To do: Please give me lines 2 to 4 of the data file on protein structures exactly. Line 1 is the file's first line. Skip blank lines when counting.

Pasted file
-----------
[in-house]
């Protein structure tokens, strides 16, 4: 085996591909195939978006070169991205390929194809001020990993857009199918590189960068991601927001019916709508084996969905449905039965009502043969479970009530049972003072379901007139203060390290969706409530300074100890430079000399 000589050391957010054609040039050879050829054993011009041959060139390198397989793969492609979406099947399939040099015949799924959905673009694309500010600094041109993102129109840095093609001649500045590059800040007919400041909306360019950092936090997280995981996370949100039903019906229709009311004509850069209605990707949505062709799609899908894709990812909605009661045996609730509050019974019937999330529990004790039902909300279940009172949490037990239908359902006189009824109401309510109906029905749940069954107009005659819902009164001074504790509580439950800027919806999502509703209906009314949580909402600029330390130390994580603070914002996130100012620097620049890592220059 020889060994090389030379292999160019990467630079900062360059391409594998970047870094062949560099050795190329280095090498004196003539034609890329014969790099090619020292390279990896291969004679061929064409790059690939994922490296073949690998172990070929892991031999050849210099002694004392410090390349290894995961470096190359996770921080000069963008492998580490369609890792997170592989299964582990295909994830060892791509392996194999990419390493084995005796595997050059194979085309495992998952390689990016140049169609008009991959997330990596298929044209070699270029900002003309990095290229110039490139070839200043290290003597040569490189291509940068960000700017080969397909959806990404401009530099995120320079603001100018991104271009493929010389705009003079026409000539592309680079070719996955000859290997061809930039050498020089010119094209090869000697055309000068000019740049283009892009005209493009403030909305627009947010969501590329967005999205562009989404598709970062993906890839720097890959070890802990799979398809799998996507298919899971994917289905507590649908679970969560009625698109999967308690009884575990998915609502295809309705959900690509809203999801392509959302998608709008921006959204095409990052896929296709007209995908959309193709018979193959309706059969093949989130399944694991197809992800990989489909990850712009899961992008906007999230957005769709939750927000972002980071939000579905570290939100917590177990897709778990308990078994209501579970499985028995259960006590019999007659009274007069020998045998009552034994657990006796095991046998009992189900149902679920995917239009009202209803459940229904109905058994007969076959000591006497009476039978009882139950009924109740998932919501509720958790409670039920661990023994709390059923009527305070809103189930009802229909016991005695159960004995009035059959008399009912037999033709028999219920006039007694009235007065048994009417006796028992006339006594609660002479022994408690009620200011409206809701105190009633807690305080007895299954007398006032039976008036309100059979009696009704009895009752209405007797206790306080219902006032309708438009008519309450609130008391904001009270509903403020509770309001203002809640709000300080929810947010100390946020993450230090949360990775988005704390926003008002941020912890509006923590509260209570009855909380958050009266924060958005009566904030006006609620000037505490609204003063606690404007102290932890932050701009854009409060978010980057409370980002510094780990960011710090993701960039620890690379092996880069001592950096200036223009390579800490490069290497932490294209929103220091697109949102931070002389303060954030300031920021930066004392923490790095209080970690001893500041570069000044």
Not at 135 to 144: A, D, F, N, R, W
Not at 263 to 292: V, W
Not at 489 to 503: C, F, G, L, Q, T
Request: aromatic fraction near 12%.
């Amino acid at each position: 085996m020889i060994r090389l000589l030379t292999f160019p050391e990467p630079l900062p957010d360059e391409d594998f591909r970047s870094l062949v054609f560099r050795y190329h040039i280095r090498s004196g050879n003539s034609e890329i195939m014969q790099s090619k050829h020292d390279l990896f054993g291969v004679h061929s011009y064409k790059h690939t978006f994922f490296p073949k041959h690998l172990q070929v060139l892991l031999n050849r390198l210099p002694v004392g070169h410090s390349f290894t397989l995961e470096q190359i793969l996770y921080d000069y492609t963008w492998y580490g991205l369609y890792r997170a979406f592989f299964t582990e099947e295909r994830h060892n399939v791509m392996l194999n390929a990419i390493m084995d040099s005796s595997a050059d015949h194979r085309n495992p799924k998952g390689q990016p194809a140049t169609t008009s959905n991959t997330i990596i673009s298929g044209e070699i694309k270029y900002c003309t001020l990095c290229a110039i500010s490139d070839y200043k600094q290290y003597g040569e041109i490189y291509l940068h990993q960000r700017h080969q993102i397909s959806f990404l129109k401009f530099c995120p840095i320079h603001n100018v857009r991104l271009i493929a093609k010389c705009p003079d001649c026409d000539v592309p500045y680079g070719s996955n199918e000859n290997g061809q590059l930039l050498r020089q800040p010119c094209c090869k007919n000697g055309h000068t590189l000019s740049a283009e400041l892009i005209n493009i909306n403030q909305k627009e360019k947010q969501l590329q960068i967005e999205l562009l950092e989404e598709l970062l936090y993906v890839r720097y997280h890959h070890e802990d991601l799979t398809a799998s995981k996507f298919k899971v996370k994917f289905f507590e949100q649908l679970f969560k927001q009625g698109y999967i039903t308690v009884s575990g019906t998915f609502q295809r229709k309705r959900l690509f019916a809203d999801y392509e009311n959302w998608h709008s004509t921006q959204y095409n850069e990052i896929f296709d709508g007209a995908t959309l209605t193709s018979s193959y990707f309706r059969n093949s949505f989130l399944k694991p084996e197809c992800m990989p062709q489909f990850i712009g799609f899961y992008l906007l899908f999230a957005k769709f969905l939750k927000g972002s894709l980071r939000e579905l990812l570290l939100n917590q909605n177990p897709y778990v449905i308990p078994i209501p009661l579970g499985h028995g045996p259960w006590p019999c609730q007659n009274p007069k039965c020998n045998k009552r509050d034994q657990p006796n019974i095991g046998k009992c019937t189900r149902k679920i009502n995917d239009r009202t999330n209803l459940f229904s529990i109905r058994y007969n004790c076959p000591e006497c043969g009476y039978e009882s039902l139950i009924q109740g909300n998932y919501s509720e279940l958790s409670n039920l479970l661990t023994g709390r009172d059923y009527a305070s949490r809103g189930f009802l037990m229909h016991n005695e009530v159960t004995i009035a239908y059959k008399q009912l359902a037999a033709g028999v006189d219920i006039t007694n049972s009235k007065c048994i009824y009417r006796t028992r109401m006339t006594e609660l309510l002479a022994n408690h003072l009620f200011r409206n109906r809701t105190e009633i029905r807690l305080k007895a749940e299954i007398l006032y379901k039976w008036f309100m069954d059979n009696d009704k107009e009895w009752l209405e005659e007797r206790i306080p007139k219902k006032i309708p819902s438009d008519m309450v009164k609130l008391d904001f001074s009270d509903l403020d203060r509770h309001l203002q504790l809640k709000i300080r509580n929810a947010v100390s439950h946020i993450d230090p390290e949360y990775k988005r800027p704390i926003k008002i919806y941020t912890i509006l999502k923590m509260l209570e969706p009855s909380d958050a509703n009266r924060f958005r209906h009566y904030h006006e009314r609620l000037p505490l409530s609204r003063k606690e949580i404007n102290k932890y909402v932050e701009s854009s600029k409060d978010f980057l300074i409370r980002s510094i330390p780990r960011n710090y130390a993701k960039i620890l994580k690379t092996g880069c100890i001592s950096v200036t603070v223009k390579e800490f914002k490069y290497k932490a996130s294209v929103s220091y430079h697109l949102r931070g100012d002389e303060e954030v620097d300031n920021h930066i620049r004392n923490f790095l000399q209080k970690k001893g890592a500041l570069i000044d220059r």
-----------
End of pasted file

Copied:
């Protein structure tokens, strides 16, 4: 085996591909195939978006070169991205390929194809001020990993857009199918590189960068991601927001019916709508084996969905449905039965009502043969479970009530049972003072379901007139203060390290969706409530300074100890430079000399 000589050391957010054609040039050879050829054993011009041959060139390198397989793969492609979406099947399939040099015949799924959905673009694309500010600094041109993102129109840095093609001649500045590059800040007919400041909306360019950092936090997280995981996370949100039903019906229709009311004509850069209605990707949505062709799609899908894709990812909605009661045996609730509050019974019937999330529990004790039902909300279940009172949490037990239908359902006189009824109401309510109906029905749940069954107009005659819902009164001074504790509580439950800027919806999502509703209906009314949580909402600029330390130390994580603070914002996130100012620097620049890592220059 020889060994090389030379292999160019990467630079900062360059391409594998970047870094062949560099050795190329280095090498004196003539034609890329014969790099090619020292390279990896291969004679061929064409790059690939994922490296073949690998172990070929892991031999050849210099002694004392410090390349290894995961470096190359996770921080000069963008492998580490369609890792997170592989299964582990295909994830060892791509392996194999990419390493084995005796595997050059194979085309495992998952390689990016140049169609008009991959997330990596298929044209070699270029900002003309990095290229110039490139070839200043290290003597040569490189291509940068960000700017080969397909959806990404401009530099995120320079603001100018991104271009493929010389705009003079026409000539592309680079070719996955000859290997061809930039050498020089010119094209090869000697055309000068000019740049283009892009005209493009403030909305627009947010969501590329967005999205562009989404598709970062993906890839720097890959070890802990799979398809799998996507298919899971994917289905507590649908679970969560009625698109999967308690009884575990998915609502295809309705959900690509809203999801392509959302998608709008921006959204095409990052896929296709007209995908959309193709018979193959309706059969093949989130399944694991197809992800990989489909990850712009899961992008906007999230957005769709939750927000972002980071939000579905570290939100917590177990897709778990308990078994209501579970499985028995259960006590019999007659009274007069020998045998009552034994657990006796095991046998009992189900149902679920995917239009009202209803459940229904109905058994007969076959000591006497009476039978009882139950009924109740998932919501509720958790409670039920661990023994709390059923009527305070809103189930009802229909016991005695159960004995009035059959008399009912037999033709028999219920006039007694009235007065048994009417006796028992006339006594609660002479022994408690009620200011409206809701105190009633807690305080007895299954007398006032039976008036309100059979009696009704009895009752209405007797206790306080219902006032309708438009008519309450609130008391904001009270509903403020509770309001203002809640709000300080929810947010100390946020993450230090949360990775988005704390926003008002941020912890509006923590509260209570009855909380958050009266924060958005009566904030006006609620000037505490609204003063606690404007102290932890932050701009854009409060978010980057409370980002510094780990960011710090993701960039620890690379092996880069001592950096200036223009390579800490490069290497932490294209929103220091697109949102931070002389303060954030300031920021930066004392923490790095209080970690001893500041570069000044």
Not at 135 to 144: A, D, F, N, R, W
Not at 263 to 292: V, W